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Introduction to GitHub

Get started using GitHub in less than an hour.


People use GitHub to build some of the most advanced technologies in the world. Whether you’re visualizing data or building a new game, there’s a whole community and set of tools on GitHub that can help you do it even better. GitHub Skills’ “Introduction to GitHub” course guides you through everything you need to start contributing in less than an hour.

  • Who is this for: New developers, new GitHub users, and students.
  • What you'll learn: We'll introduce repositories, branches, commits, and pull requests.
  • What you'll build: We'll make a short Markdown file you can use as your profile README.
  • Prerequisites: None. This course is a great introduction for your first day on GitHub.
  • How long: This course is four steps long and takes less than one hour to complete.

Course tips:

  • Glossary terms will be emphasised and linked to their definition.

How to start this course


  1. Right-click Start course and open the link in a new tab.
  2. In the new tab, most of the prompts will automatically fill in for you.
    • For owner, choose your personal account or an organization to host the repository.
    • We recommend creating a public repository, as private repositories will use Actions minutes.
    • Scroll down and click the Create repository button at the bottom of the form.
  3. After your new repository is created, wait about 20 seconds, then refresh the page. Follow the step-by-step instructions in the new repository's README.

Step 1: Create a branch

Welcome to "Introduction to GitHub"! 👋

What is GitHub?: GitHub is a collaboration platform that uses Git for versioning. GitHub is a popular place to share and contribute to open-source software.
📺 Video: What is GitHub?

What is a repository?: A repository is a project containing files and folders. A repository tracks versions of files and folders. For more information, see "About repositories" from GitHub Docs.

What is a branch?: A branch is a parallel version of your repository. By default, your repository has one branch named main and it is considered to be the definitive branch. Creating additional branches allows you to copy the main branch of your repository and safely make any changes without disrupting the main project. Many people use branches to work on specific features without affecting any other parts of the project.

Branches allow you to separate your work from the main branch. In other words, everyone's work is safe while you contribute. For more information, see "About branches".

What is a profile README?: A profile README is essentially an "About me" section on your GitHub profile where you can share information about yourself with the community on GitHub shows your profile README at the top of your profile page. For more information, see "Managing your profile README".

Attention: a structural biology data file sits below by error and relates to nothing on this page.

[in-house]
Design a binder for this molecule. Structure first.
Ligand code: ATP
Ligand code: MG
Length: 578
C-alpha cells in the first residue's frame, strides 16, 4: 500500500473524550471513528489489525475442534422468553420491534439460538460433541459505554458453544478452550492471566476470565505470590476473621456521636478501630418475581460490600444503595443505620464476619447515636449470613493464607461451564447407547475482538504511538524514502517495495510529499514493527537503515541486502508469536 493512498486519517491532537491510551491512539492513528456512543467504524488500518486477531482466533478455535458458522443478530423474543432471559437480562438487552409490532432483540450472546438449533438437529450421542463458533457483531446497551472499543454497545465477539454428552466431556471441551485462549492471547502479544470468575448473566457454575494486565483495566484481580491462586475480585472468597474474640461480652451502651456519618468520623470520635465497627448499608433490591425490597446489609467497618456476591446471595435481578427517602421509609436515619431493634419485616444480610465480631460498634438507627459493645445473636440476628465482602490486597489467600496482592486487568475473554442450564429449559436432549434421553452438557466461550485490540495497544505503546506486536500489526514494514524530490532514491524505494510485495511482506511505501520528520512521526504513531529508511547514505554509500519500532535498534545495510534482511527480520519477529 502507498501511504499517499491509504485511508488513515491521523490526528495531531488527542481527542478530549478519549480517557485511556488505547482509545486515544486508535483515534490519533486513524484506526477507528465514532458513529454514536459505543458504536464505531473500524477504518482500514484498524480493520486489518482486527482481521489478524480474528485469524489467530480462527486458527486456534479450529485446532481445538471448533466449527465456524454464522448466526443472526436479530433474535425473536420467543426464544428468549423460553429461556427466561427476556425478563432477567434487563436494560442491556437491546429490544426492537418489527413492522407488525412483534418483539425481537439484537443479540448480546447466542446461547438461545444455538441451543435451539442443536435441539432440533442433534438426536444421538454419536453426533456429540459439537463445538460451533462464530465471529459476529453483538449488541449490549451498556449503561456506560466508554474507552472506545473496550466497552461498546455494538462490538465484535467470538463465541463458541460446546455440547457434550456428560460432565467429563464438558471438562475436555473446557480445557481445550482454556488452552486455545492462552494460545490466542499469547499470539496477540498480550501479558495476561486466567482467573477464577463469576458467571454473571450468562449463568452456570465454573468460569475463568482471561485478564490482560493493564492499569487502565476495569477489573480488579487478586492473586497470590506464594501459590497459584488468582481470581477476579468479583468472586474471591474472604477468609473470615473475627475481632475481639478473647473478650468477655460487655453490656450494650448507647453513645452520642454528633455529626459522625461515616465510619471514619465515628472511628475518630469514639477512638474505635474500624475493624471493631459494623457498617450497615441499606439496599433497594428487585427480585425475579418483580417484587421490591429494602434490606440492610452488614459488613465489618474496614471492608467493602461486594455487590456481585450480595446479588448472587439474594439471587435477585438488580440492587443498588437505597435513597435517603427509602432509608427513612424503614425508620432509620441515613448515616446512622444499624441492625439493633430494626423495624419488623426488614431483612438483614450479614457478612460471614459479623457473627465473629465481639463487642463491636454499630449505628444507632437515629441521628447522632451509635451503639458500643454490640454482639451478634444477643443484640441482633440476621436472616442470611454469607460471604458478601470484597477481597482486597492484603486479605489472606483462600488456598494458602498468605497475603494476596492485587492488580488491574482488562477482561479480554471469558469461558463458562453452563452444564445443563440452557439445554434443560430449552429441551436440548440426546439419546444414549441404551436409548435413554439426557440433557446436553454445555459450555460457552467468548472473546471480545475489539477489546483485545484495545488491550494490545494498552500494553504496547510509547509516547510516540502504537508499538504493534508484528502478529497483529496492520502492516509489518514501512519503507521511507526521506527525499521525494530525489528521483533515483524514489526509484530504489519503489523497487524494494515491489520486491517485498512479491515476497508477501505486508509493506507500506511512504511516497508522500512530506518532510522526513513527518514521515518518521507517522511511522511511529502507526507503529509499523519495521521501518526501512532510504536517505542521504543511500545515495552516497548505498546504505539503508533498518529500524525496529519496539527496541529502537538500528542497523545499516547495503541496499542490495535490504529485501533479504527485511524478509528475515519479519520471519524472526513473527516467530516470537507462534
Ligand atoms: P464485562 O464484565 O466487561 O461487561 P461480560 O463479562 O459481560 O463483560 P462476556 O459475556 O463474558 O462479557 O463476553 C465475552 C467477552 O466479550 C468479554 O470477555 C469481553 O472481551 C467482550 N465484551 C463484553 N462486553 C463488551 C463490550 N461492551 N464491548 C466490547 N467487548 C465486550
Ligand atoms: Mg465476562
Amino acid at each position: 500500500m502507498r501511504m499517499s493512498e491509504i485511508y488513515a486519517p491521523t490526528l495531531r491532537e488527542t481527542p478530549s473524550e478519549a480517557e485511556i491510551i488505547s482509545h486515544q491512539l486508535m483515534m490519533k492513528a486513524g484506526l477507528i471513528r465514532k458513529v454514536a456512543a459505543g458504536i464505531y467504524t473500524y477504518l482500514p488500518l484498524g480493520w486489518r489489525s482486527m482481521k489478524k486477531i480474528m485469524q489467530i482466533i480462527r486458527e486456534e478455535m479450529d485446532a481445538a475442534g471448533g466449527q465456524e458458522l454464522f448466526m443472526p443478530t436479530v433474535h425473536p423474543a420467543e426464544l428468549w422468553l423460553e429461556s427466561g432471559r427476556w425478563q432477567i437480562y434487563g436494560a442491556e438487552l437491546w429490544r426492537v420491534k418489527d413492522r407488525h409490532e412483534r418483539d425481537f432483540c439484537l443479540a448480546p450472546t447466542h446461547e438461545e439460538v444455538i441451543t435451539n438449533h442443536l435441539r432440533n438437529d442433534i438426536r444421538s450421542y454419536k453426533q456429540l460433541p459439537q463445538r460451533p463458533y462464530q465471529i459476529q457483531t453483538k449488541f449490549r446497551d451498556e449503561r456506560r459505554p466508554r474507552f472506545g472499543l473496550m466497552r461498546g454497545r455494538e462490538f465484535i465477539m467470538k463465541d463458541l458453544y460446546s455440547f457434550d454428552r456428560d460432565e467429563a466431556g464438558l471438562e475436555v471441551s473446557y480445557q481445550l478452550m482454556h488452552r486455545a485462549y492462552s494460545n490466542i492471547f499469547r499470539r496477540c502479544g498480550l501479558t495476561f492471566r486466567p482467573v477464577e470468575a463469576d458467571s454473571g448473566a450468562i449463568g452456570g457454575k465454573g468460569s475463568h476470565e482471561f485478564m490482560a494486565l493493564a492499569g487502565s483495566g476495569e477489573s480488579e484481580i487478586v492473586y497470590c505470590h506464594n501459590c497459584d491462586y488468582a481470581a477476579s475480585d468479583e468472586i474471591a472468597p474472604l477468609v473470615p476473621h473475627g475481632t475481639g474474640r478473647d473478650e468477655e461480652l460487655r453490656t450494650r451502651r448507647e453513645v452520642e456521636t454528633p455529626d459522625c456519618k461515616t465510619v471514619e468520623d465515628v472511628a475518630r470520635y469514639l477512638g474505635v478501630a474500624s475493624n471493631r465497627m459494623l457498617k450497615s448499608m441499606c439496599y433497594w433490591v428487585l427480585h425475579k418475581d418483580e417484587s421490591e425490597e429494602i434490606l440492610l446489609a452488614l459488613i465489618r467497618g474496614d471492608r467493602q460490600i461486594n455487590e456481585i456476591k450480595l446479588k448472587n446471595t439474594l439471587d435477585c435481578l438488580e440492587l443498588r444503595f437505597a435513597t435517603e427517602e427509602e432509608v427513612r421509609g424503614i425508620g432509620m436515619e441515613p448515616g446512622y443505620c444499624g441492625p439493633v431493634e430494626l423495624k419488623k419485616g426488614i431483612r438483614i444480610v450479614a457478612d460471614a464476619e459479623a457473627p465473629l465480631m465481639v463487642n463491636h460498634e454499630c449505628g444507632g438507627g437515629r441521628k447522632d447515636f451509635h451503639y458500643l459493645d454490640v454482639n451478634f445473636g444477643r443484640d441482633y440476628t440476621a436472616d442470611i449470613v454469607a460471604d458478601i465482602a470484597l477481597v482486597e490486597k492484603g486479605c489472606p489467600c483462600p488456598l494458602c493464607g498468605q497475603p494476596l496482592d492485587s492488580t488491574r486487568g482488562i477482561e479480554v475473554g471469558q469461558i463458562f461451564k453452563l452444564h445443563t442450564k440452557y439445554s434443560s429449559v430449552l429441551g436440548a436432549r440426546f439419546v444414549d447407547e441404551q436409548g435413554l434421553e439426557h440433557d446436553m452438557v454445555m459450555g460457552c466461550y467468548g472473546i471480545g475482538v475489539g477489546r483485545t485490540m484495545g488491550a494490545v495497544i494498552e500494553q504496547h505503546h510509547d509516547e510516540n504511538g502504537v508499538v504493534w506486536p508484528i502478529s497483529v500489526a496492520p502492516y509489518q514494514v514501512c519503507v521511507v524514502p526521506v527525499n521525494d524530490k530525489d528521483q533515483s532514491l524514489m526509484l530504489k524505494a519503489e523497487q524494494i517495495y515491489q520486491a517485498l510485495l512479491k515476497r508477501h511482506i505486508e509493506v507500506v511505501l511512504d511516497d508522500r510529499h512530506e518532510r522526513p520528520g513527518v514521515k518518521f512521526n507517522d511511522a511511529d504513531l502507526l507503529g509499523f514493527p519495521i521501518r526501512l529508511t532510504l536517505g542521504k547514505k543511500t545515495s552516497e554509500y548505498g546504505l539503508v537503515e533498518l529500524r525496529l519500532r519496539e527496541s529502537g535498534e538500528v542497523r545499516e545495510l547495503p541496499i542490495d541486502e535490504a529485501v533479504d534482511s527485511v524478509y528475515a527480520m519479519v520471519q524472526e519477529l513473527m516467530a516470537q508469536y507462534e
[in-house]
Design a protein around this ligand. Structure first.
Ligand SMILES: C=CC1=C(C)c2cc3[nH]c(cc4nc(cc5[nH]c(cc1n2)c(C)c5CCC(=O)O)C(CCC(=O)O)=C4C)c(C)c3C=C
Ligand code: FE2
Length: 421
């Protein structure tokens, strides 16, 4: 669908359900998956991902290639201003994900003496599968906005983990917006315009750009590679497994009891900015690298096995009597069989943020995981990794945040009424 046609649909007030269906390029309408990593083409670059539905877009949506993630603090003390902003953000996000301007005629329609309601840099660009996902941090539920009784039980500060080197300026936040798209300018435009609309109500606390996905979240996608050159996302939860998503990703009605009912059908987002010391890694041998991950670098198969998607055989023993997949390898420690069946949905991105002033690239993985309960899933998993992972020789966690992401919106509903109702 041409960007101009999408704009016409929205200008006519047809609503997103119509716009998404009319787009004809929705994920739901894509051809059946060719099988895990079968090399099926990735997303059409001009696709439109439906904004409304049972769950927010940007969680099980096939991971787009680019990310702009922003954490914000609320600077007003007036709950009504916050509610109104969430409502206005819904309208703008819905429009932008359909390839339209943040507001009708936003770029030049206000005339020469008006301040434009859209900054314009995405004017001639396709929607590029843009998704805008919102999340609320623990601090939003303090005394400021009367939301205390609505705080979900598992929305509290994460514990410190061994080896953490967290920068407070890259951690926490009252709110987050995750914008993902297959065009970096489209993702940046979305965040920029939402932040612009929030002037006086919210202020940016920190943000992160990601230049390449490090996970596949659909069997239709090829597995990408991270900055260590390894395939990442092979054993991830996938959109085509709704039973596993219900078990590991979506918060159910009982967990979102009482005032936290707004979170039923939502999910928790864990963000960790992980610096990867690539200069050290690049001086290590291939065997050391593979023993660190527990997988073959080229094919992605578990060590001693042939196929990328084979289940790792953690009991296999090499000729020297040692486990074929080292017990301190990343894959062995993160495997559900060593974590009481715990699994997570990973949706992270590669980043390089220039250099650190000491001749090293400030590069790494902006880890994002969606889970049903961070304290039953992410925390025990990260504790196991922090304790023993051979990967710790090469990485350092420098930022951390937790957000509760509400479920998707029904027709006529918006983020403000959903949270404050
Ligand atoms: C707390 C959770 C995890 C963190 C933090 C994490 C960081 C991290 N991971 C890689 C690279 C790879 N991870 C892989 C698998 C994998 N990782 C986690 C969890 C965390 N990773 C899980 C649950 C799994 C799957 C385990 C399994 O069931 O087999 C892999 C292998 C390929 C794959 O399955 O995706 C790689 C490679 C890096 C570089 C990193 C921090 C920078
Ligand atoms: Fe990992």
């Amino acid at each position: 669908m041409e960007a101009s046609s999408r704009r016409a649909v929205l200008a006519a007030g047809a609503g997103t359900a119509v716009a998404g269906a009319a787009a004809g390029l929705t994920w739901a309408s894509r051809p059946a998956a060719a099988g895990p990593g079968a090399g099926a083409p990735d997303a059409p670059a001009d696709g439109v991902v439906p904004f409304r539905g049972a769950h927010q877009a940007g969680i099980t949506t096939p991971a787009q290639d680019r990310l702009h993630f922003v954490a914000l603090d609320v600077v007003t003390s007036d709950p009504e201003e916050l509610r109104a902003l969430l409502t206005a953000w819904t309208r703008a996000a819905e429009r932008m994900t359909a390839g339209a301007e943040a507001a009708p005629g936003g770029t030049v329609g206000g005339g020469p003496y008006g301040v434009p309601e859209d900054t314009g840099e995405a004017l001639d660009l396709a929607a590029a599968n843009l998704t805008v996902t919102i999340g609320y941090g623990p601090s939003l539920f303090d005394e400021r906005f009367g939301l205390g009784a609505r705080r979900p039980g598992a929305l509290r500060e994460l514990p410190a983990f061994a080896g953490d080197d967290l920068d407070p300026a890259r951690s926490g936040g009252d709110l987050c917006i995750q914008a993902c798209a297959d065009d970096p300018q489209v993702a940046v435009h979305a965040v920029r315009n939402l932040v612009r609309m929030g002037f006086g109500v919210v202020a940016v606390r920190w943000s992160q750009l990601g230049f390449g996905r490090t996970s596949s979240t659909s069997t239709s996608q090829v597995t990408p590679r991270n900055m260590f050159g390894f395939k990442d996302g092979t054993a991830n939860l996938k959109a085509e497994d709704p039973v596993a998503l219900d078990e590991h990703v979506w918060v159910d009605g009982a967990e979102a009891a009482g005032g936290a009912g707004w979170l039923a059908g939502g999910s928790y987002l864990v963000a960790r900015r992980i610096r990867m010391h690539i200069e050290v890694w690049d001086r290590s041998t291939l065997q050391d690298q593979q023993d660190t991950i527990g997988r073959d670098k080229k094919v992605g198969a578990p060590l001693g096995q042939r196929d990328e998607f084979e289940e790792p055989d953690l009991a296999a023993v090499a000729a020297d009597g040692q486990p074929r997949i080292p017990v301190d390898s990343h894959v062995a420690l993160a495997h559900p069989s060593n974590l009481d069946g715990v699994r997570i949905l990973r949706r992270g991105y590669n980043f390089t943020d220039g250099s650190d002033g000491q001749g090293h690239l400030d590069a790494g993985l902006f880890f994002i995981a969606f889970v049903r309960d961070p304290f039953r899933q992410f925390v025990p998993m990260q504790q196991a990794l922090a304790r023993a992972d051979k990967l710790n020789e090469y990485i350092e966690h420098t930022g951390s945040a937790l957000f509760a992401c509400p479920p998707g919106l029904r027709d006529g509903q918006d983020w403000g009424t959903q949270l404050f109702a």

⌨️ Activity: Your first branch

  1. Open a new browser tab and navigate to your newly made repository. Then, work on the steps in your second tab while you read the instructions in this tab.

  2. Navigate to the < > Code tab in the header menu of your repository.


  3. Click on the main branch drop-down.


  4. In the field, enter a name for your branch: my-first-branch.

  5. Click Create branch: my-first-branch to create your branch.


    The branch will automatically switch to the one you have just created. The main branch drop-down bar will reflect your new branch and display the new branch name.

  6. Move on to Step 2!

    Note: If you made a public repository, and want to confirm you correctly set up your first branch, wait about 20 seconds then refresh this page (the one you're following instructions from). GitHub Actions will automatically close this step and open the next one.

Step 2: Commit a file

You created a branch! 🎉

Creating a branch allows you to edit your project without changing the main branch. Now that you have a branch, it’s time to create a file and make your first commit!

What is a commit?: A commit is a set of changes to the files and folders in your project. A commit exists in a branch. For more information, see "About commits".

⌨️ Activity: Your first commit

The following steps will guide you through the process of committing a change on GitHub. A commit records changes in renaming, changing content within, creating a new file, and any other changes made to your project. For this exercise, committing a change requires first adding a new file to your new branch.

  1. On the < > Code tab in the header menu of your repository, make sure you're on your new branch my-first-branch.

  2. Select the Add file drop-down and click Create new file.

    create new file option

  3. In the Name your file... field, enter

    Note: .md is a file extension that creates a Markdown file. You can learn more about Markdown by visiting "Basic writing and formatting syntax" in our docs or by taking the "Communicating using Markdown" Skills course.

  4. In the Edit new file area, copy the following content to your file:

    Welcome to my GitHub profile! file screenshot